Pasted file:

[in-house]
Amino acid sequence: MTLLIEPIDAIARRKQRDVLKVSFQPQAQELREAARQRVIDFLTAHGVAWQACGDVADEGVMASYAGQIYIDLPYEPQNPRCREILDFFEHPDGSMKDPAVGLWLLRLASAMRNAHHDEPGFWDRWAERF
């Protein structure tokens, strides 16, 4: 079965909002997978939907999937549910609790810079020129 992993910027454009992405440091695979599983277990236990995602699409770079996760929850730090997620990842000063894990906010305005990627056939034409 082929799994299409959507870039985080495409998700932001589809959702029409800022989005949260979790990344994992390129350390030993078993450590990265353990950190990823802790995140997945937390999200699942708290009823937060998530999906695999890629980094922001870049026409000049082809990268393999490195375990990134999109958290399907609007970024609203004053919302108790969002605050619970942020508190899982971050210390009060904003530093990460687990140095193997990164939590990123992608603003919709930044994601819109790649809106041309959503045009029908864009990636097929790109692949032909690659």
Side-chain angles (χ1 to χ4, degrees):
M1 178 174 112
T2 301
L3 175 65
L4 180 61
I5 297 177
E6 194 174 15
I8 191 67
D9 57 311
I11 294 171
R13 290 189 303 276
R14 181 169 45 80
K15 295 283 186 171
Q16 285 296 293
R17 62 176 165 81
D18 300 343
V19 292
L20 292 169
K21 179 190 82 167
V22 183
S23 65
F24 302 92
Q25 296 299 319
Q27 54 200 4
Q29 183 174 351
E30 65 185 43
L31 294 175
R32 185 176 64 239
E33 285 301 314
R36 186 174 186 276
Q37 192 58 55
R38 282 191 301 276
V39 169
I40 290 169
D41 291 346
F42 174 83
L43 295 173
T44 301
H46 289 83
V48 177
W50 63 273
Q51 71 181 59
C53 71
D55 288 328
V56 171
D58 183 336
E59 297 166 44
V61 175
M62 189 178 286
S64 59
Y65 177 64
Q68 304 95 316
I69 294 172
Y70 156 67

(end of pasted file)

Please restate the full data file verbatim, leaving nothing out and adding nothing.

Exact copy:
[in-house]
Amino acid sequence: MTLLIEPIDAIARRKQRDVLKVSFQPQAQELREAARQRVIDFLTAHGVAWQACGDVADEGVMASYAGQIYIDLPYEPQNPRCREILDFFEHPDGSMKDPAVGLWLLRLASAMRNAHHDEPGFWDRWAERF
């Protein structure tokens, strides 16, 4: 079965909002997978939907999937549910609790810079020129 992993910027454009992405440091695979599983277990236990995602699409770079996760929850730090997620990842000063894990906010305005990627056939034409 082929799994299409959507870039985080495409998700932001589809959702029409800022989005949260979790990344994992390129350390030993078993450590990265353990950190990823802790995140997945937390999200699942708290009823937060998530999906695999890629980094922001870049026409000049082809990268393999490195375990990134999109958290399907609007970024609203004053919302108790969002605050619970942020508190899982971050210390009060904003530093990460687990140095193997990164939590990123992608603003919709930044994601819109790649809106041309959503045009029908864009990636097929790109692949032909690659």
Side-chain angles (χ1 to χ4, degrees):
M1 178 174 112
T2 301
L3 175 65
L4 180 61
I5 297 177
E6 194 174 15
I8 191 67
D9 57 311
I11 294 171
R13 290 189 303 276
R14 181 169 45 80
K15 295 283 186 171
Q16 285 296 293
R17 62 176 165 81
D18 300 343
V19 292
L20 292 169
K21 179 190 82 167
V22 183
S23 65
F24 302 92
Q25 296 299 319
Q27 54 200 4
Q29 183 174 351
E30 65 185 43
L31 294 175
R32 185 176 64 239
E33 285 301 314
R36 186 174 186 276
Q37 192 58 55
R38 282 191 301 276
V39 169
I40 290 169
D41 291 346
F42 174 83
L43 295 173
T44 301
H46 289 83
V48 177
W50 63 273
Q51 71 181 59
C53 71
D55 288 328
V56 171
D58 183 336
E59 297 166 44
V61 175
M62 189 178 286
S64 59
Y65 177 64
Q68 304 95 316
I69 294 172
Y70 156 67